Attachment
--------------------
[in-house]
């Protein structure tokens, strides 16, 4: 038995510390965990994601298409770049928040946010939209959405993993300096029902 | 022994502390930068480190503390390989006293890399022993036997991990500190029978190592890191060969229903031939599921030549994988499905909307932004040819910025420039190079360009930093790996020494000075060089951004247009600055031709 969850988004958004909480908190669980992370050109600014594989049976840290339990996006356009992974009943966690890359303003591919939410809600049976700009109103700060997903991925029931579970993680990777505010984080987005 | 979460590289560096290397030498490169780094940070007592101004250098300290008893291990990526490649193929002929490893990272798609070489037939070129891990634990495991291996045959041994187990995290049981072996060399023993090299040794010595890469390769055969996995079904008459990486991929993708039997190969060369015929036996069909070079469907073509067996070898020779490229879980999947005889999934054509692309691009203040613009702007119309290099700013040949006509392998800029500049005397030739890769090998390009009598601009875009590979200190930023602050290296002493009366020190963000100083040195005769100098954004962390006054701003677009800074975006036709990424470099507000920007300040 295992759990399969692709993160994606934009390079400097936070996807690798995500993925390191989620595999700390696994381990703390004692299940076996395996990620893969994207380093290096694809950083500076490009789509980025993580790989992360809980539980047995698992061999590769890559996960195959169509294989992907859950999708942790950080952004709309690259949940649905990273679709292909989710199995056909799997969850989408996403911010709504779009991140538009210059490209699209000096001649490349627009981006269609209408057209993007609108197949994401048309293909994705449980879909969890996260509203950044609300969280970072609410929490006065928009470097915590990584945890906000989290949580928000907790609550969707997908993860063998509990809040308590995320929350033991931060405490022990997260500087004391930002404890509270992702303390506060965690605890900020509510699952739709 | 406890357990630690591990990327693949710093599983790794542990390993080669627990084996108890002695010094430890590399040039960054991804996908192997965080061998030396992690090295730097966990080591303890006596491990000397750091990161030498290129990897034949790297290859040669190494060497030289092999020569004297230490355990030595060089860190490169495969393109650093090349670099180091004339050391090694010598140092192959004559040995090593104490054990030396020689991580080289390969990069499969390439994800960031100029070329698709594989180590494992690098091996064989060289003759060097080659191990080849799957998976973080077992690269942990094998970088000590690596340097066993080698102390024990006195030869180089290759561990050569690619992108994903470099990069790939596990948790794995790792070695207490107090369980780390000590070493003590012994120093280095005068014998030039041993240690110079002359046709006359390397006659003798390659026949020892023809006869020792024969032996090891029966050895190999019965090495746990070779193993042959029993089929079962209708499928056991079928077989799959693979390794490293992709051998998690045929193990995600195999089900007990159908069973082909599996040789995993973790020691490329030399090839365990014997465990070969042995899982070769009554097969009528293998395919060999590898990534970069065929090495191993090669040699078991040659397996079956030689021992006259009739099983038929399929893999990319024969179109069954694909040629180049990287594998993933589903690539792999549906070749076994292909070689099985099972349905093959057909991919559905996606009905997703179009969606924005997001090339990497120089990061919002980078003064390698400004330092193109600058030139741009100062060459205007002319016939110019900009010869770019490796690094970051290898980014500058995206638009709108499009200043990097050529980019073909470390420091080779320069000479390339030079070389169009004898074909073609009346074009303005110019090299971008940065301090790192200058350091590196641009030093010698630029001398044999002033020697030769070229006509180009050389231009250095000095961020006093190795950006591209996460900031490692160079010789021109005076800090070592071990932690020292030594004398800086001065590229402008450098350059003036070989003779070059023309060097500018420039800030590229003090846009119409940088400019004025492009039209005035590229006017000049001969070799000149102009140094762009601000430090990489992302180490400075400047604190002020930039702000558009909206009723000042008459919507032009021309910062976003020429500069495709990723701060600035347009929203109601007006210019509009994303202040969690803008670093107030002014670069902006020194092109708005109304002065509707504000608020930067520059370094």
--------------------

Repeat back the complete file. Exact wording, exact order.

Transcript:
[in-house]
């Protein structure tokens, strides 16, 4: 038995510390965990994601298409770049928040946010939209959405993993300096029902 | 022994502390930068480190503390390989006293890399022993036997991990500190029978190592890191060969229903031939599921030549994988499905909307932004040819910025420039190079360009930093790996020494000075060089951004247009600055031709 969850988004958004909480908190669980992370050109600014594989049976840290339990996006356009992974009943966690890359303003591919939410809600049976700009109103700060997903991925029931579970993680990777505010984080987005 | 979460590289560096290397030498490169780094940070007592101004250098300290008893291990990526490649193929002929490893990272798609070489037939070129891990634990495991291996045959041994187990995290049981072996060399023993090299040794010595890469390769055969996995079904008459990486991929993708039997190969060369015929036996069909070079469907073509067996070898020779490229879980999947005889999934054509692309691009203040613009702007119309290099700013040949006509392998800029500049005397030739890769090998390009009598601009875009590979200190930023602050290296002493009366020190963000100083040195005769100098954004962390006054701003677009800074975006036709990424470099507000920007300040 295992759990399969692709993160994606934009390079400097936070996807690798995500993925390191989620595999700390696994381990703390004692299940076996395996990620893969994207380093290096694809950083500076490009789509980025993580790989992360809980539980047995698992061999590769890559996960195959169509294989992907859950999708942790950080952004709309690259949940649905990273679709292909989710199995056909799997969850989408996403911010709504779009991140538009210059490209699209000096001649490349627009981006269609209408057209993007609108197949994401048309293909994705449980879909969890996260509203950044609300969280970072609410929490006065928009470097915590990584945890906000989290949580928000907790609550969707997908993860063998509990809040308590995320929350033991931060405490022990997260500087004391930002404890509270992702303390506060965690605890900020509510699952739709 | 406890357990630690591990990327693949710093599983790794542990390993080669627990084996108890002695010094430890590399040039960054991804996908192997965080061998030396992690090295730097966990080591303890006596491990000397750091990161030498290129990897034949790297290859040669190494060497030289092999020569004297230490355990030595060089860190490169495969393109650093090349670099180091004339050391090694010598140092192959004559040995090593104490054990030396020689991580080289390969990069499969390439994800960031100029070329698709594989180590494992690098091996064989060289003759060097080659191990080849799957998976973080077992690269942990094998970088000590690596340097066993080698102390024990006195030869180089290759561990050569690619992108994903470099990069790939596990948790794995790792070695207490107090369980780390000590070493003590012994120093280095005068014998030039041993240690110079002359046709006359390397006659003798390659026949020892023809006869020792024969032996090891029966050895190999019965090495746990070779193993042959029993089929079962209708499928056991079928077989799959693979390794490293992709051998998690045929193990995600195999089900007990159908069973082909599996040789995993973790020691490329030399090839365990014997465990070969042995899982070769009554097969009528293998395919060999590898990534970069065929090495191993090669040699078991040659397996079956030689021992006259009739099983038929399929893999990319024969179109069954694909040629180049990287594998993933589903690539792999549906070749076994292909070689099985099972349905093959057909991919559905996606009905997703179009969606924005997001090339990497120089990061919002980078003064390698400004330092193109600058030139741009100062060459205007002319016939110019900009010869770019490796690094970051290898980014500058995206638009709108499009200043990097050529980019073909470390420091080779320069000479390339030079070389169009004898074909073609009346074009303005110019090299971008940065301090790192200058350091590196641009030093010698630029001398044999002033020697030769070229006509180009050389231009250095000095961020006093190795950006591209996460900031490692160079010789021109005076800090070592071990932690020292030594004398800086001065590229402008450098350059003036070989003779070059023309060097500018420039800030590229003090846009119409940088400019004025492009039209005035590229006017000049001969070799000149102009140094762009601000430090990489992302180490400075400047604190002020930039702000558009909206009723000042008459919507032009021309910062976003020429500069495709990723701060600035347009929203109601007006210019509009994303202040969690803008670093107030002014670069902006020194092109708005109304002065509707504000608020930067520059370094």